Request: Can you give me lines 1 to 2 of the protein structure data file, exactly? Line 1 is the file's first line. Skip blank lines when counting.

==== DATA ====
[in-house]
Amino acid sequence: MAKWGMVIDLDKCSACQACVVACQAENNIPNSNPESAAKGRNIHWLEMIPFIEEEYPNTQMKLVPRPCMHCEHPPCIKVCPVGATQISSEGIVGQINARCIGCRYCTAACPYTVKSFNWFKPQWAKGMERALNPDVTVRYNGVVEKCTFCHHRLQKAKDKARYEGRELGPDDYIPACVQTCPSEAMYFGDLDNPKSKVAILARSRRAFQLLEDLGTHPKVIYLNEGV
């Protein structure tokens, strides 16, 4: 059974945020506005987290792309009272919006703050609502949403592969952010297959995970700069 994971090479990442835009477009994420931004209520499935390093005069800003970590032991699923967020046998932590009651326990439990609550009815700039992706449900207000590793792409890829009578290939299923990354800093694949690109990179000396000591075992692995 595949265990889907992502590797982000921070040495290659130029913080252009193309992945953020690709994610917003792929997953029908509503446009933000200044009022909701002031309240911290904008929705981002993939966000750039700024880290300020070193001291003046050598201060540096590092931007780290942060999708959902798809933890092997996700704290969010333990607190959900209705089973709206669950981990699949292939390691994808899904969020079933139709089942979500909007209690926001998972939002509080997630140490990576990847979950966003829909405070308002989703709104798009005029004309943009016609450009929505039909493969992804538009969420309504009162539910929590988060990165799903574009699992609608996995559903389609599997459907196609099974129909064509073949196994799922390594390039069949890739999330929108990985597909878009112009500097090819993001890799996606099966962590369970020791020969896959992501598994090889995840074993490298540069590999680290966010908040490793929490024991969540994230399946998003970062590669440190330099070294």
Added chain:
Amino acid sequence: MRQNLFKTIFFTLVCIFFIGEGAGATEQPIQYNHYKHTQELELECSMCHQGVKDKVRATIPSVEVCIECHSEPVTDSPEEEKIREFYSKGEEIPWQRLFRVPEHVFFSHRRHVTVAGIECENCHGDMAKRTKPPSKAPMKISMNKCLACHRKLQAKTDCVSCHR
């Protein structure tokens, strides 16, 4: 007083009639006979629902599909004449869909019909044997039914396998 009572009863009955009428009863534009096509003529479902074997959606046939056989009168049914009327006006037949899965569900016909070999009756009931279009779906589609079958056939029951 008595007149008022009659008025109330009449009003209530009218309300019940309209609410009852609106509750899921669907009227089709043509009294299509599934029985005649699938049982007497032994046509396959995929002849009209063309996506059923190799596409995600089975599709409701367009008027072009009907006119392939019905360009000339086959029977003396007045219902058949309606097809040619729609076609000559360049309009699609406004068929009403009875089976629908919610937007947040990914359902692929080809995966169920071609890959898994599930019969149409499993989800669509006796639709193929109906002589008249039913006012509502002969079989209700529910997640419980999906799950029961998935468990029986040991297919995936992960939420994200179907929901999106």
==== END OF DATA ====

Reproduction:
[in-house]
Amino acid sequence: MAKWGMVIDLDKCSACQACVVACQAENNIPNSNPESAAKGRNIHWLEMIPFIEEEYPNTQMKLVPRPCMHCEHPPCIKVCPVGATQISSEGIVGQINARCIGCRYCTAACPYTVKSFNWFKPQWAKGMERALNPDVTVRYNGVVEKCTFCHHRLQKAKDKARYEGRELGPDDYIPACVQTCPSEAMYFGDLDNPKSKVAILARSRRAFQLLEDLGTHPKVIYLNEGV